Since all the information being collected is sensitive, many have raised concerns that the data might also be collected and then used for other purposes or shared with third parties. Because of this, the ICO has recommended that app developers be completely transparent with users about how their data will be used. It’s also advised that these apps only collect the minimum amount of information needed to achieve their purpose.
Furthermore, the app must meet all General Data Protection Regulations (GDPR) and be fully compliant with the guidelines. This means all privacy notices and information regarding how the data will be used must be comprehensive but written in simple language that is easy for everyone to digest. Designers must also be transparent about what they are trying to achieve with the app and any risks their app poses to personal data and individual rights.
Access and deletion
One of the biggest aspects of GDPR is user control. Every individual has the right to request access to their data and to opt-out of these services with no consequences. These tracing apps require information to work, but the problem is, they must offer a way for users to exercise their rights and withdraw their information should they wish to do so.
These apps might require developers to use third parties to create and maintain the application and its functions. This can increase the risk of a data breach via these third-party providers. This can be a real data protection issue, and therefore, developers are encouraged to implement effective systems and processes to ensure that any outside parties also have their own robust security systems in place to minimize these risks.
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Decommissioning the app in the future
Once this crisis is over and the virus is under control, what will become of the app? Many are skeptical of these technologies as another way for Governments to store information about them. Therefore there must be an efficient and effective way to decommission these apps once the crisis is over. Developers must decide if the app will dismantle itself from within or if steps will need to be taken to manually erase any data and ensure this is deleted and removed properly and within GDPR compliance guidelines.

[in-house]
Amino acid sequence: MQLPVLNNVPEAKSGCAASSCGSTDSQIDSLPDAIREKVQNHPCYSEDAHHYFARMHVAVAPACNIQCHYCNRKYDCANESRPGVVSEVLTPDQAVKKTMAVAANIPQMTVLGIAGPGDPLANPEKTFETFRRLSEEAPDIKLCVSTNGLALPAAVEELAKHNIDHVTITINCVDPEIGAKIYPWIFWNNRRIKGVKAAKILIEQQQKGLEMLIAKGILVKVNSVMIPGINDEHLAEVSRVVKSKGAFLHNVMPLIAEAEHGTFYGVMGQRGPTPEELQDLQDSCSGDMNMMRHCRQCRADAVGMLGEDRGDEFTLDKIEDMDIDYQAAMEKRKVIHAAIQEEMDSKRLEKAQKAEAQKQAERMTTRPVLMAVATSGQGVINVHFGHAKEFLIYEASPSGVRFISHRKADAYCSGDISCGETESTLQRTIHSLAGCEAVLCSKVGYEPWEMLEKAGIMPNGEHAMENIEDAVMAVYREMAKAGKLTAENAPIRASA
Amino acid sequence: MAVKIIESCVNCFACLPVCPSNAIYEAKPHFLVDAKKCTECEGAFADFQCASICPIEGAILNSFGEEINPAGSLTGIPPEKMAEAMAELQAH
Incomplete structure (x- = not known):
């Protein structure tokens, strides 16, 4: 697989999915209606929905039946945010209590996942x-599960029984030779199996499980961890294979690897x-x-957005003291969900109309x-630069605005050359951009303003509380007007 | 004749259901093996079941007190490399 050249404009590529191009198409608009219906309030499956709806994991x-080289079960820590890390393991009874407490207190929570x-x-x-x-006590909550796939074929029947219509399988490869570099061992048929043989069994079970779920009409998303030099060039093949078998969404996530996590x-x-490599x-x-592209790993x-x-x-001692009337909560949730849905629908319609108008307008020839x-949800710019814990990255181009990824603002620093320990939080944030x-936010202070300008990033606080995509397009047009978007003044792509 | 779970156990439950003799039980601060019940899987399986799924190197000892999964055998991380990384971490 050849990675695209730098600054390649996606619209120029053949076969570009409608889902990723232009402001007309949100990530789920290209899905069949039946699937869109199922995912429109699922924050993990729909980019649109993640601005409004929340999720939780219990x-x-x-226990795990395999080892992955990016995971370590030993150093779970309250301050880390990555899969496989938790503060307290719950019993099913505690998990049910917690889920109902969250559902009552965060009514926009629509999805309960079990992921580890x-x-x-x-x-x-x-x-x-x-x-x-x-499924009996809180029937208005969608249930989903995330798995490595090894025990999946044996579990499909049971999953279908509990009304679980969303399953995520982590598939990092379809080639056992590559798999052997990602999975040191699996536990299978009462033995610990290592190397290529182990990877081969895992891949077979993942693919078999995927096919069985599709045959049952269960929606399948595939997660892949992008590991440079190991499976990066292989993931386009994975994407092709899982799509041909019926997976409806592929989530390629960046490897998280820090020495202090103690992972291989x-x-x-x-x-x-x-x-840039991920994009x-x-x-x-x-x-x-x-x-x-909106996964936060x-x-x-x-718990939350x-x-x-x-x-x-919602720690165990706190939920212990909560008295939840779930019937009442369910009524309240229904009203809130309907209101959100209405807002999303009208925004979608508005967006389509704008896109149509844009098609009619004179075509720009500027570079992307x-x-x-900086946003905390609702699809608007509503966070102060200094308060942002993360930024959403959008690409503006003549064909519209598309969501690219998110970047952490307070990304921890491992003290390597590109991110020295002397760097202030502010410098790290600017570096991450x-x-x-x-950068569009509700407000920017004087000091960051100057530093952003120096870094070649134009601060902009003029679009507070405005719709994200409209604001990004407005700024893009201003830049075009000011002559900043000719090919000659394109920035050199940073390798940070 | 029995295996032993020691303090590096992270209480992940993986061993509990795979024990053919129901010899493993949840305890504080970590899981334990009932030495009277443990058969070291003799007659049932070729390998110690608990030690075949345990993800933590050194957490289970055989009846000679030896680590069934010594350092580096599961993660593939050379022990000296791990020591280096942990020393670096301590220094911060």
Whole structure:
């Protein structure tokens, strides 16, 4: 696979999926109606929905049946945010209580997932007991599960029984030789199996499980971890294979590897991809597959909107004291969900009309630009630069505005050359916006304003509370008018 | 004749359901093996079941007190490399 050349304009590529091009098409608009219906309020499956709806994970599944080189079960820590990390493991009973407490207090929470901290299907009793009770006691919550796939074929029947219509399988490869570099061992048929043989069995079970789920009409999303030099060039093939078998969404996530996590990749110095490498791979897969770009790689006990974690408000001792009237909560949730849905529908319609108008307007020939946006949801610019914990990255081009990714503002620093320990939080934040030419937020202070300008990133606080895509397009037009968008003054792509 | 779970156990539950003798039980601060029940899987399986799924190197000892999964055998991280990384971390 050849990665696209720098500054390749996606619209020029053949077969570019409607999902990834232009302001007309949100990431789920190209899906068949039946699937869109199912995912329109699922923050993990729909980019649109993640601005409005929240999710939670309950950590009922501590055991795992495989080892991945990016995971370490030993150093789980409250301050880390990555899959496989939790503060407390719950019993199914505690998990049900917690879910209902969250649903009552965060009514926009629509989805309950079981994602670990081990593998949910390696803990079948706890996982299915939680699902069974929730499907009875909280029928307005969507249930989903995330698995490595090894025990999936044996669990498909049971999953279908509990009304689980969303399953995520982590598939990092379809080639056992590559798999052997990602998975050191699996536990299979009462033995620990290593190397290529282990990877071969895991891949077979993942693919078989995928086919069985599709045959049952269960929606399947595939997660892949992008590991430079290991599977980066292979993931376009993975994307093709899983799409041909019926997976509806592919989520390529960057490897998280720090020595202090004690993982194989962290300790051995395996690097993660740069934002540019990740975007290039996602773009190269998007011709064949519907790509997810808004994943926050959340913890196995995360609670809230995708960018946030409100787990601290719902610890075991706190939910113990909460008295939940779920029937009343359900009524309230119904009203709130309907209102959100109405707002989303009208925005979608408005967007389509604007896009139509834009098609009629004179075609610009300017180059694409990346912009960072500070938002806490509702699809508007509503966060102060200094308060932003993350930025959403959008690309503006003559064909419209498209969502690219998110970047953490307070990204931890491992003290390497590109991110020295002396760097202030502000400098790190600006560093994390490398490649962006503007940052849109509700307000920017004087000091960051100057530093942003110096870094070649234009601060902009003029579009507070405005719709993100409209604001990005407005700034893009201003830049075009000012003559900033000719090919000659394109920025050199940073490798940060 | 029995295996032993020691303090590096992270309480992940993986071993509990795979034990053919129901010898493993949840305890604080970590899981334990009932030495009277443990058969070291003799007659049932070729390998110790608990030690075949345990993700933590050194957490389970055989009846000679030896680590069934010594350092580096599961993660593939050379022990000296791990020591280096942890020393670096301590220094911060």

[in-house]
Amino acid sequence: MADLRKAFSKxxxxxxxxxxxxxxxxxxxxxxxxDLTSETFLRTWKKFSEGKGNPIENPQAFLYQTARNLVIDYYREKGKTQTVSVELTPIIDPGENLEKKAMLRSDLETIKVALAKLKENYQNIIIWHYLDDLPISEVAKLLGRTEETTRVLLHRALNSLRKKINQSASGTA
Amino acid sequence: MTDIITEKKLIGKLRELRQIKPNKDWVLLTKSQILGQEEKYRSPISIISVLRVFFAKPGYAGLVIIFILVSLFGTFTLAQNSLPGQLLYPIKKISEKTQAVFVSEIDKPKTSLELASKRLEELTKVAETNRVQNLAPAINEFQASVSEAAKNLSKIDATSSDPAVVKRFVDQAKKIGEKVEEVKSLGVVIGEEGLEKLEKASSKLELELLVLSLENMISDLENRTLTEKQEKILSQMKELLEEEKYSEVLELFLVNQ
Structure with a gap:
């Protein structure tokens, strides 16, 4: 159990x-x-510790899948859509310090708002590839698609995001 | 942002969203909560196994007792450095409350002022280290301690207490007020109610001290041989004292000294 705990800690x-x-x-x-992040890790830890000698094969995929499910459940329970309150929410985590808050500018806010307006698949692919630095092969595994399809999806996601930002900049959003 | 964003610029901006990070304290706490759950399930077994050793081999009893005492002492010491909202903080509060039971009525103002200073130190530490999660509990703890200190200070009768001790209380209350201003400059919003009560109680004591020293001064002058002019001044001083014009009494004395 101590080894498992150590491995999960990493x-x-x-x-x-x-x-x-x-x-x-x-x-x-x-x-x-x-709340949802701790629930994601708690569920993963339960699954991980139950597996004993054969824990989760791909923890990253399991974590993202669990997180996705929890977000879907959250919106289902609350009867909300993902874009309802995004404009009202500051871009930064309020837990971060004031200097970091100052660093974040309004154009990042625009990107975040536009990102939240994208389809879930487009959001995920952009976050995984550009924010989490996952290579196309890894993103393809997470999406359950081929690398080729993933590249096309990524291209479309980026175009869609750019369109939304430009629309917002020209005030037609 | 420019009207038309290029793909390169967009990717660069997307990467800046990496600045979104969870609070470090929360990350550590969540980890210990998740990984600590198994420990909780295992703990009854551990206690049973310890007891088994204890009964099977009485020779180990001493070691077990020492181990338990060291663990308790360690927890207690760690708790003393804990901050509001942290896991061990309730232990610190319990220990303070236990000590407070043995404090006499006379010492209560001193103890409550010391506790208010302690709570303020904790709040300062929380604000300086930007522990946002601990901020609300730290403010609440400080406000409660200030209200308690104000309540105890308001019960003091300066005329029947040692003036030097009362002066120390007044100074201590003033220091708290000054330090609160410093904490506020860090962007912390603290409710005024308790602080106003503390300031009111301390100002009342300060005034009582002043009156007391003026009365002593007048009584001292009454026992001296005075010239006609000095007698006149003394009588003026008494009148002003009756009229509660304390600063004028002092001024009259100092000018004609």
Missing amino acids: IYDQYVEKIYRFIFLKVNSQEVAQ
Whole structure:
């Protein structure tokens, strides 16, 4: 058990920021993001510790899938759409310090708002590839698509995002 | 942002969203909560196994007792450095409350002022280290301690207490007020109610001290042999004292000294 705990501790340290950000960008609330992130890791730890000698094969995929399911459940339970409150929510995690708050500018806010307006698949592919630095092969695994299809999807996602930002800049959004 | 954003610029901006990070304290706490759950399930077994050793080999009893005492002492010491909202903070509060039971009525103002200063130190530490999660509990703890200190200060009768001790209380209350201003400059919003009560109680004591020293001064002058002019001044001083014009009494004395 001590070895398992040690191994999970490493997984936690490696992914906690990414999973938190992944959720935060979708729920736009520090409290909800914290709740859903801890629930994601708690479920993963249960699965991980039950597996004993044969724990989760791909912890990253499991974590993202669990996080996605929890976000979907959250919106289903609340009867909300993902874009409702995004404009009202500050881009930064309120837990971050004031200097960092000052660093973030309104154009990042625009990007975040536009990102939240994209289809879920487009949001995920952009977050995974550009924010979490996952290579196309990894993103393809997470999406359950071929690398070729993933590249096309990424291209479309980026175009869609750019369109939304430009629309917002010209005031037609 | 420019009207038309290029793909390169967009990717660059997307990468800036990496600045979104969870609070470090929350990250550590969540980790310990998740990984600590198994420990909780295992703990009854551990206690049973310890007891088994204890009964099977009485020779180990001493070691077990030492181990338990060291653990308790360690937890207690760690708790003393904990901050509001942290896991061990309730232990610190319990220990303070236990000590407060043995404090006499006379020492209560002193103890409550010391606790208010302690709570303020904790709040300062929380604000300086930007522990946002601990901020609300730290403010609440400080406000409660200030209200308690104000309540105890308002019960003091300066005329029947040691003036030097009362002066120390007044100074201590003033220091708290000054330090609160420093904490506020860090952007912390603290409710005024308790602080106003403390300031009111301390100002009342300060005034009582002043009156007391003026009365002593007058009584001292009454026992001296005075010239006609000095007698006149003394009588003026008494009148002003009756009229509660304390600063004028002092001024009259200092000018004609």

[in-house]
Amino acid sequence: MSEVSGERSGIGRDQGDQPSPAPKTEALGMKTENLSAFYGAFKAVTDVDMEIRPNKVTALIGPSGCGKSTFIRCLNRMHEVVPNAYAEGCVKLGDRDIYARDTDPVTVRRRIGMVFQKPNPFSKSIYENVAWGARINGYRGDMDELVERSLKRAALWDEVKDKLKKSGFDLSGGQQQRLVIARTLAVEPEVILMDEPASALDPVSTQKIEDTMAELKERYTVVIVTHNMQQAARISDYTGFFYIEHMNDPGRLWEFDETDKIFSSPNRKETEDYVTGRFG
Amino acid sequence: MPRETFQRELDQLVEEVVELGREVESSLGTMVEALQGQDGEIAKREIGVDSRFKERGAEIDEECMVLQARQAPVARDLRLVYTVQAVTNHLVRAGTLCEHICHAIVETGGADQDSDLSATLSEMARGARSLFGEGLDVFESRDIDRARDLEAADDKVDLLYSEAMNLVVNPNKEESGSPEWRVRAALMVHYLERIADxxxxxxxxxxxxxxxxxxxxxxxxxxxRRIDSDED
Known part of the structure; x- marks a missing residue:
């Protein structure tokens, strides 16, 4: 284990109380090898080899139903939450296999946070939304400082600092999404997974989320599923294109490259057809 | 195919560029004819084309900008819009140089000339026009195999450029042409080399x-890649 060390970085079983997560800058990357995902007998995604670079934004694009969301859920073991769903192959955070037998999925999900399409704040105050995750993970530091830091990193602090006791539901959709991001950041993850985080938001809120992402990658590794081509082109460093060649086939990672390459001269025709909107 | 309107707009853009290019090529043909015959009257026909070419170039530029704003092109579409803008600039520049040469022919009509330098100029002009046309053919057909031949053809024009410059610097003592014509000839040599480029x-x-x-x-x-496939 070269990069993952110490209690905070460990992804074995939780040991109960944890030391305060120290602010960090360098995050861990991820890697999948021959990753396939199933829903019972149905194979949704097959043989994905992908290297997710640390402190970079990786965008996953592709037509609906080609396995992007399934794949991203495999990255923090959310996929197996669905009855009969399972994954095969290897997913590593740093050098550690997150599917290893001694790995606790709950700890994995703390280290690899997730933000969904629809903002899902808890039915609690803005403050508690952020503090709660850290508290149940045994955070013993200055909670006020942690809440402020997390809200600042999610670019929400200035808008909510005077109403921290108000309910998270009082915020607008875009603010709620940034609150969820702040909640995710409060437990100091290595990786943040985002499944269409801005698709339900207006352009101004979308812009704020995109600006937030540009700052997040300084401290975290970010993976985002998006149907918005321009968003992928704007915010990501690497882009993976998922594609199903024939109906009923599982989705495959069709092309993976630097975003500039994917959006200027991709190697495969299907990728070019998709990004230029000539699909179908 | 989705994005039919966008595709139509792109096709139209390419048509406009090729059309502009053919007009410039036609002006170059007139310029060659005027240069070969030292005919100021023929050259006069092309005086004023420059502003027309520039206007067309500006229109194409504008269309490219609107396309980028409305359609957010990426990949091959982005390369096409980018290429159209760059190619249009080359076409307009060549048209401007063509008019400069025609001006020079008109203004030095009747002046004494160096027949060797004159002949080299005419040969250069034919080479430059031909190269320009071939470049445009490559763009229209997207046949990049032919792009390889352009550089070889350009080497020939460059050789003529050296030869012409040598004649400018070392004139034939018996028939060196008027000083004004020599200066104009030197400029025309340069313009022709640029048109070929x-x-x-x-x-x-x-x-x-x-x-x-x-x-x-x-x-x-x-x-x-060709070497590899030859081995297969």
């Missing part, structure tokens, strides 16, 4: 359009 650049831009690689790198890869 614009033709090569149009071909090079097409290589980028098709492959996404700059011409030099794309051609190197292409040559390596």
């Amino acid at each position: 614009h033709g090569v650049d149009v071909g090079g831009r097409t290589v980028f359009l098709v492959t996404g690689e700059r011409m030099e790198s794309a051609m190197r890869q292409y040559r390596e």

Roles and responsibilities
As with any new business, technology, or application that collects sensitive data, responsibility for compliance can be an issue. In these circumstances, a named data controller must be appointed to ensure that the system (in this case, the app) is 100% GDPR compliant. What’s more, everyone involved in creating and maintaining the app must be aware of their roles and responsibilities for protecting the data collected and stored within. Otherwise, the risk of human error increases, as does the likelihood of a data breach.
Finally, it is also important that everyone involved is aware of their roles should something go wrong. This is because they need to know who to report any glitches or breaches to as quickly as possible, and definitely within the 72-hour window assigned under GDPR. They may also need to present evidence of compliance to the ICO should there be a breach.